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Is this the world’s most crowded trade?

Leveraged ETFs used to bet on and against Japanese stocks have become so popular that they're now closed off to new orders. And that could mark a top for the Japanese market, some traders warn.

The liquidity of Nikkei futures can no longer adequately support the buying and selling of three leveraged Nikkei 225 ETFs trading on the Tokyo Stock Exchange, meaning that new money will no longer be allowed to flow into the ETFs, their operator, Nomura, announced late Thursday.

The incredible growth of these products — two of which are effectively short positions on the Nikkei, but the most popular of which replicated a leveraged long position — "indicates that long Japanese stocks and short yen could be the most crowded trade in the world," investor and CNBC contributor Brian Kelly wrote Thursday.

That means, in turn, that "if and when everyone decides to close that trade, the exit could be ugly," Kelly continued.

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Gerhard Joren | LightRocket | Getty Images

The news doesn't inspire everyone to paint such a bearish case, however.

"Ultimately investors tend to chase returns, and so if they can't get exposure to that market through the futures market [and the leveraged ETFs that use it] most likely their next stop is just going to be the stocks," Erin Gibbs of S&P Investment Advisory Services said Thursday on CNBC's "Trading Nation."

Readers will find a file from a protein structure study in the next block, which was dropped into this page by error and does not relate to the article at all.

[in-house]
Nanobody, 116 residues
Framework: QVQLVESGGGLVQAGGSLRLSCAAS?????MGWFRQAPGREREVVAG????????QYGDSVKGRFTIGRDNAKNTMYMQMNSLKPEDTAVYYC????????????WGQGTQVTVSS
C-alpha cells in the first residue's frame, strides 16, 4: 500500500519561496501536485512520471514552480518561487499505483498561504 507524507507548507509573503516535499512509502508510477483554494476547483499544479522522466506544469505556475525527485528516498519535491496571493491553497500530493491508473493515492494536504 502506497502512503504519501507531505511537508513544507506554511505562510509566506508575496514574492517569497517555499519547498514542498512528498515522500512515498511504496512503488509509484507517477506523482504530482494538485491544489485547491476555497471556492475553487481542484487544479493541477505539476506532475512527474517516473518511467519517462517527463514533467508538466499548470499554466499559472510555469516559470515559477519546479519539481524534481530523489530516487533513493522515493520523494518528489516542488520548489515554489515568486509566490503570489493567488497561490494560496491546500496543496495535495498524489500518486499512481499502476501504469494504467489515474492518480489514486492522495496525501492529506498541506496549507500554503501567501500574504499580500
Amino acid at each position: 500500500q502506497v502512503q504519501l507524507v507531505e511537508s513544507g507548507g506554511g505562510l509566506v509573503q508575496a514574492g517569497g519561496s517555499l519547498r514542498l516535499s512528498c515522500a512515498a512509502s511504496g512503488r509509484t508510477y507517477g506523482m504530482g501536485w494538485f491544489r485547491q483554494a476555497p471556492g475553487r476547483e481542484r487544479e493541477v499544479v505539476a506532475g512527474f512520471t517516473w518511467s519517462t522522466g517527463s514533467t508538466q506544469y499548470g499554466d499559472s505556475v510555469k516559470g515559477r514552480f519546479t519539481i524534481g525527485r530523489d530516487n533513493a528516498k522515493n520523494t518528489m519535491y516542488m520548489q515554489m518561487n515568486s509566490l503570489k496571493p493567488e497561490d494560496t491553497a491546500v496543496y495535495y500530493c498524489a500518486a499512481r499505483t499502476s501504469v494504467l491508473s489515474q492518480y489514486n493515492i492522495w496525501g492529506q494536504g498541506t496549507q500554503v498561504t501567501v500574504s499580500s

"Until we see the markets pull back and investors leave the asset class, I don't see any catalyst for seeing these volumes come down," said Gibbs.

The Nikkei has fallen considerably in the past three months, but is still up 20 percent in the past year, outperforming most major global markets. The leveraged bullish ETF, meanwhile, has risen 34 percent.

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Trading Nation is a multimedia financial news program that shows investors and traders how to use the news of the day to their advantage. This is where experts from across the financial world – including macro strategists, technical analysts, stock-pickers, and traders who specialize in options, currencies, and fixed income – come together to find the best ways to capitalize on recent developments in the market. Trading Nation: Where headlines become opportunities.

Sara Eisen

Sara Eisen joined CNBC in December 2013 as a correspondent, focusing on the global consumer. She is co-anchor of the 10AM ET hour of CNBC's "Squawk on the Street" (M-F, 9AM-11AM ET), broadcast from Post 9 at the New York Stock Exchange.

In March 2018, Eisen was named co-anchor of CNBC's "Power Lunch" (M-F, 1PM-3PM ET), which broadcasts from CNBC Global Headquarters in Englewood Cliffs, N.J.

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